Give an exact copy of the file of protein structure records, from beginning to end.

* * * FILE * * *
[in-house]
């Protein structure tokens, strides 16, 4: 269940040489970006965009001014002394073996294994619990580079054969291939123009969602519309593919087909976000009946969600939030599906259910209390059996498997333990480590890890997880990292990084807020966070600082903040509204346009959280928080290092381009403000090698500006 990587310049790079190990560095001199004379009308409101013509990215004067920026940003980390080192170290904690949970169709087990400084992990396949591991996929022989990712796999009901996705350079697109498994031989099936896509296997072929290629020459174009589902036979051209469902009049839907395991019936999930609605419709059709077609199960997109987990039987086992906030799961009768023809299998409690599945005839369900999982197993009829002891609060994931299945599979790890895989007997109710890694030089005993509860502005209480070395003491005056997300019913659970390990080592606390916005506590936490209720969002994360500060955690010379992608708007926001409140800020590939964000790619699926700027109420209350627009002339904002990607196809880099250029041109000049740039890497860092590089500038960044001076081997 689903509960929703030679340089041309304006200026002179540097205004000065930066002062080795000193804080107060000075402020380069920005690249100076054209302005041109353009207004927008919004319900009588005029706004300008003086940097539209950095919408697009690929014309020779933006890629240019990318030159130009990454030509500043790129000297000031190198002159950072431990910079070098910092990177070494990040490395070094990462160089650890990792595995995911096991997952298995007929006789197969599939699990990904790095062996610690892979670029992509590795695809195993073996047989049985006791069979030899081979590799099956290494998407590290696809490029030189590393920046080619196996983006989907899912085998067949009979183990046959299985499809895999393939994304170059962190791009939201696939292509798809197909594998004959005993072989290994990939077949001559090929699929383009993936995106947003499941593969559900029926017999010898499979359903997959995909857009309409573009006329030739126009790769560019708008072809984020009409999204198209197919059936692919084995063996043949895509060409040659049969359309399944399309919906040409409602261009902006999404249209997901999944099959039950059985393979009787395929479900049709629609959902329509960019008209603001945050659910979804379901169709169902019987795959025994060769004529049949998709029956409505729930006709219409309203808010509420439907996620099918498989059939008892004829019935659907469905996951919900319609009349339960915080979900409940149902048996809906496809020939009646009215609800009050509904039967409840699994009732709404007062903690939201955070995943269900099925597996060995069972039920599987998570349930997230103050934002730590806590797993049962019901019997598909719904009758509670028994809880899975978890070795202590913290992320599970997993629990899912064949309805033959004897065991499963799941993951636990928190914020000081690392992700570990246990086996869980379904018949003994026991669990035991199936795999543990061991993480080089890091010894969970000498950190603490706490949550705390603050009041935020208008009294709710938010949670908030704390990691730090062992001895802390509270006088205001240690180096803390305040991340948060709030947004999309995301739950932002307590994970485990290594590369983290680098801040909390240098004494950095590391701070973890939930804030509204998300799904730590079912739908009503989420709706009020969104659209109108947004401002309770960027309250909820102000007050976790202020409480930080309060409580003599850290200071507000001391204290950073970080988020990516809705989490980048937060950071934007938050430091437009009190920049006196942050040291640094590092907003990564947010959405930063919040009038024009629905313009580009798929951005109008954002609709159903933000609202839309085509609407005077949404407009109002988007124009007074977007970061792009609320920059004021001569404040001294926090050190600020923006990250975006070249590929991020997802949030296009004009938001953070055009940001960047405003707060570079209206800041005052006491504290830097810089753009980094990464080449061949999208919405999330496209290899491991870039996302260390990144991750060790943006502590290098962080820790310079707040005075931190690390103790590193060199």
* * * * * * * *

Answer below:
[in-house]
């Protein structure tokens, strides 16, 4: 269940040489970006965009001014002394073996294994619990580079054969291939123009969602519309593919087909976000009946969600939030599906259910209390059996498997333990480590890890997880990292990084807020966070600082903040509204346009959280928080290092381009403000090698500006 990587310049790079190990560095001199004379009308409101013509990215004067920026940003980390080192170290904690949970169709087990400084992990396949591991996929022989990712796999009901996705350079697109498994031989099936896509296997072929290629020459174009589902036979051209469902009049839907395991019936999930609605419709059709077609199960997109987990039987086992906030799961009768023809299998409690599945005839369900999982197993009829002891609060994931299945599979790890895989007997109710890694030089005993509860502005209480070395003491005056997300019913659970390990080592606390916005506590936490209720969002994360500060955690010379992608708007926001409140800020590939964000790619699926700027109420209350627009002339904002990607196809880099250029041109000049740039890497860092590089500038960044001076081997 689903509960929703030679340089041309304006200026002179540097205004000065930066002062080795000193804080107060000075402020380069920005690249100076054209302005041109353009207004927008919004319900009588005029706004300008003086940097539209950095919408697009690929014309020779933006890629240019990318030159130009990454030509500043790129000297000031190198002159950072431990910079070098910092990177070494990040490395070094990462160089650890990792595995995911096991997952298995007929006789197969599939699990990904790095062996610690892979670029992509590795695809195993073996047989049985006791069979030899081979590799099956290494998407590290696809490029030189590393920046080619196996983006989907899912085998067949009979183990046959299985499809895999393939994304170059962190791009939201696939292509798809197909594998004959005993072989290994990939077949001559090929699929383009993936995106947003499941593969559900029926017999010898499979359903997959995909857009309409573009006329030739126009790769560019708008072809984020009409999204198209197919059936692919084995063996043949895509060409040659049969359309399944399309919906040409409602261009902006999404249209997901999944099959039950059985393979009787395929479900049709629609959902329509960019008209603001945050659910979804379901169709169902019987795959025994060769004529049949998709029956409505729930006709219409309203808010509420439907996620099918498989059939008892004829019935659907469905996951919900319609009349339960915080979900409940149902048996809906496809020939009646009215609800009050509904039967409840699994009732709404007062903690939201955070995943269900099925597996060995069972039920599987998570349930997230103050934002730590806590797993049962019901019997598909719904009758509670028994809880899975978890070795202590913290992320599970997993629990899912064949309805033959004897065991499963799941993951636990928190914020000081690392992700570990246990086996869980379904018949003994026991669990035991199936795999543990061991993480080089890091010894969970000498950190603490706490949550705390603050009041935020208008009294709710938010949670908030704390990691730090062992001895802390509270006088205001240690180096803390305040991340948060709030947004999309995301739950932002307590994970485990290594590369983290680098801040909390240098004494950095590391701070973890939930804030509204998300799904730590079912739908009503989420709706009020969104659209109108947004401002309770960027309250909820102000007050976790202020409480930080309060409580003599850290200071507000001391204290950073970080988020990516809705989490980048937060950071934007938050430091437009009190920049006196942050040291640094590092907003990564947010959405930063919040009038024009629905313009580009798929951005109008954002609709159903933000609202839309085509609407005077949404407009109002988007124009007074977007970061792009609320920059004021001569404040001294926090050190600020923006990250975006070249590929991020997802949030296009004009938001953070055009940001960047405003707060570079209206800041005052006491504290830097810089753009980094990464080449061949999208919405999330496209290899491991870039996302260390990144991750060790943006502590290098962080820790310079707040005075931190690390103790590193060199």